Among the glitterati—America's Cup veteran Bill Koch salutes the crowd with one of his bargain bottles.

And that’s the point. Sailing’s populace and its future participants aren’t, by and large, millionaires and rock stars, they’re just regular folks. The Jubilee may have been a grand occasion for them as well, but if so it was left unsaid. Don’t blame the organizers, they’re efforts were well intentioned; 150 years of sporting competition deserves a little fete, even on a grand scale. And don’t blame the participants, they just wanted to sail and have a good time; it's summer in the northern hemisphere after all. Blame me and my colleagues in the media. Maybe those who were on hand were just too engaged in the celebration to spell out the enduring value of this occasion for the rest of us. Either way, it's only fair to suspend full judgement on the issue until all of the print publications have had a chance to deliver their take. With any luck, they'll help the sailing community find meaning behind the grandeur.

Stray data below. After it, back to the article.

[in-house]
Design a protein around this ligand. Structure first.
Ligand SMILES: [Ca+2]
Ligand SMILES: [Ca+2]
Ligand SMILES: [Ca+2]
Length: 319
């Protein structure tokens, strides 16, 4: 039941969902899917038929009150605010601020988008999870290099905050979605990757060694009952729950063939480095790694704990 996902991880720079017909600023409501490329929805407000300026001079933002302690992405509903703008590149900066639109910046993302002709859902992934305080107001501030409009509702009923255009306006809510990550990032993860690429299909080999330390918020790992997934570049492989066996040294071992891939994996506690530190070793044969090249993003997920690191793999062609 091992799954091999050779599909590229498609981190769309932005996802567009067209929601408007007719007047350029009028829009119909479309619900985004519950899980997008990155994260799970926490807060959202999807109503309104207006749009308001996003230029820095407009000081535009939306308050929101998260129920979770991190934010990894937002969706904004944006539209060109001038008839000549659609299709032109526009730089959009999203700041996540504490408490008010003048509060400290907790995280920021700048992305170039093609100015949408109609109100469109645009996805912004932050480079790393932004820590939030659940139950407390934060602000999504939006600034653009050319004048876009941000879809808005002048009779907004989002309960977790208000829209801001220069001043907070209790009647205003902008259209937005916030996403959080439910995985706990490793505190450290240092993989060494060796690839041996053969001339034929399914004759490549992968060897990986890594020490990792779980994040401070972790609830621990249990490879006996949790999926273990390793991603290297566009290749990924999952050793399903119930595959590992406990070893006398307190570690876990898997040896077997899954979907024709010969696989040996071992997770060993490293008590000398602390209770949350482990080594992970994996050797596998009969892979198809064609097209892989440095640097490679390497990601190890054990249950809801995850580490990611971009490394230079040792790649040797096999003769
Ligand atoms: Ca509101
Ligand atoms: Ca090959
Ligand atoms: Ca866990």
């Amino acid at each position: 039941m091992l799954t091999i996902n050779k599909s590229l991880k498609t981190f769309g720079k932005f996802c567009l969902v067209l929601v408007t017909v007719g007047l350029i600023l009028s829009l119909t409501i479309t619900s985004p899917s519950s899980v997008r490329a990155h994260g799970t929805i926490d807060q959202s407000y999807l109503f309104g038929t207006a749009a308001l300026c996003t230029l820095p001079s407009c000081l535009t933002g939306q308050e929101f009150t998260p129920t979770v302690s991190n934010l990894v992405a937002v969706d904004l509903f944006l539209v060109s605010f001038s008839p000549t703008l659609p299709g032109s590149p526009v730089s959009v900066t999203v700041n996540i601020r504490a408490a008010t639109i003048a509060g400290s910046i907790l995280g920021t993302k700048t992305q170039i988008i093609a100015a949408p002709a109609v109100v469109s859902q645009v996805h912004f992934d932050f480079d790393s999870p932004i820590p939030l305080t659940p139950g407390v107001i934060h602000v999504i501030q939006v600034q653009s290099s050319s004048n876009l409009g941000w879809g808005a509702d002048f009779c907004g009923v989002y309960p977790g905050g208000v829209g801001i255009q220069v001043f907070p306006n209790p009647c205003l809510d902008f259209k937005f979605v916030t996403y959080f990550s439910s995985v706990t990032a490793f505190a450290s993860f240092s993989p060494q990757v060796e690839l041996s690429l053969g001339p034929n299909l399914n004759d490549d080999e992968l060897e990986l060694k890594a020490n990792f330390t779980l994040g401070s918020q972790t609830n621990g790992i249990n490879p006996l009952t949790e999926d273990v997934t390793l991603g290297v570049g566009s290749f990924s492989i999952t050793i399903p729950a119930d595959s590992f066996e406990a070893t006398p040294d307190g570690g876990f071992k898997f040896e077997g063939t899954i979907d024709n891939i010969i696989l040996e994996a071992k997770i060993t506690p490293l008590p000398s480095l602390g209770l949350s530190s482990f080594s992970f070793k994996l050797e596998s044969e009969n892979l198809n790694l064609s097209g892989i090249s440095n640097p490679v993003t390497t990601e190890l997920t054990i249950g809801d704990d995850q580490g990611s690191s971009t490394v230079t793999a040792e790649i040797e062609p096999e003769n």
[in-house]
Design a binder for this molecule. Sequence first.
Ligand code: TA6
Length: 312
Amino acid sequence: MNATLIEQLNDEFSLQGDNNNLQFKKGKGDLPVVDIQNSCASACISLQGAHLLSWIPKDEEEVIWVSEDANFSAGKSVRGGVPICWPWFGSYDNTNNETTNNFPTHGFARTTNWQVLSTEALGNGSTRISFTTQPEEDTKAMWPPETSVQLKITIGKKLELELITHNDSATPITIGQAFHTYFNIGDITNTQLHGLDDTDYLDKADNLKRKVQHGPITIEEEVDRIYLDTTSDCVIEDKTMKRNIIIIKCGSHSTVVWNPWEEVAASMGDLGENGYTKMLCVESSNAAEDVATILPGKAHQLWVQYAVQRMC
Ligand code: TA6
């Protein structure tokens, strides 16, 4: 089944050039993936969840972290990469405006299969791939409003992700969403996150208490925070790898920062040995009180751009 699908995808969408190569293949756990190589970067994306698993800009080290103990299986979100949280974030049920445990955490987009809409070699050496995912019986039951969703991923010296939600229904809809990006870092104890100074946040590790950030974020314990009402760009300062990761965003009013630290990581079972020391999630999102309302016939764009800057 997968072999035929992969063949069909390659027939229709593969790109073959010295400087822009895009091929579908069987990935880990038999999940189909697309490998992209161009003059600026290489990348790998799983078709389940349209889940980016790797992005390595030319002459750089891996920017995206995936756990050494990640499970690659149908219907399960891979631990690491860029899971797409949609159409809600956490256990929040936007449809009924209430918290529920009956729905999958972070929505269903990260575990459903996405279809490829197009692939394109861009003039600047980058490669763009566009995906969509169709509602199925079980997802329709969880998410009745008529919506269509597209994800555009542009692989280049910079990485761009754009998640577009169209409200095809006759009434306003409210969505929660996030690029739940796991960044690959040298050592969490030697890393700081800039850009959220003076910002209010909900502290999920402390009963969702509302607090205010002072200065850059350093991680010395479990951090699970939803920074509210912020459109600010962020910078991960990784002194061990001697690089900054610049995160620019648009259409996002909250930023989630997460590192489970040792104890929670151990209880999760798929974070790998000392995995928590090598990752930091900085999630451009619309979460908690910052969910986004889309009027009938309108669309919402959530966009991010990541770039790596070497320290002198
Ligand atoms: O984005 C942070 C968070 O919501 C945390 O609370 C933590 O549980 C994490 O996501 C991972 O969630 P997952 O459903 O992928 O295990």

Sharing the Wealth

No doubt, a lot of funds were expended to pull off the America's Cup Jubilee, and you can’t criticize that because, as the saying goes, ‘money makes the world go round.’ However, when American billionaire and former A-Cup maven Bill Koch purchased 31 small bottles of Hennessey cognac for roughly $450,000 at a charity auction during the Jubilee gala on Wednesday night, comment was warranted.

Koch called it a relative bargain, and maybe it was. The proceeds, we’re told, went to benefit the Royal National Lifeboat Institute, which is indeed a good cause, but the same money or other additional funds might have been reallocated in a number of ways for the general benefit of the sport. Here are a couple of ideas for future expenditures in case Mr. Koch or any of the other Jubileers are feeling flush:

  • Purchase a fleet of Optimists and distribute them to would-be sailors in disadvantaged neighborhoods to sow the seeds of growth ($450,000 would buy roughly 150 Optis).
  • Hire a promotional staff for ISAF ($450,000 should be sufficient to attract a few professionals who can more effectively market the sport).
  • Put a down payment on getting Elle McPherson, Sting, or the Dali Lama to serve as a spokeperson for the sport.
  • Fund a feasibility study on constructing a sailing vacation village to introduce newcomers to the sport.

Suggested Reading:

Honoring America for the Jubilee by John Rousmaniere

The Crew Members' Manifesto by Dan Dickison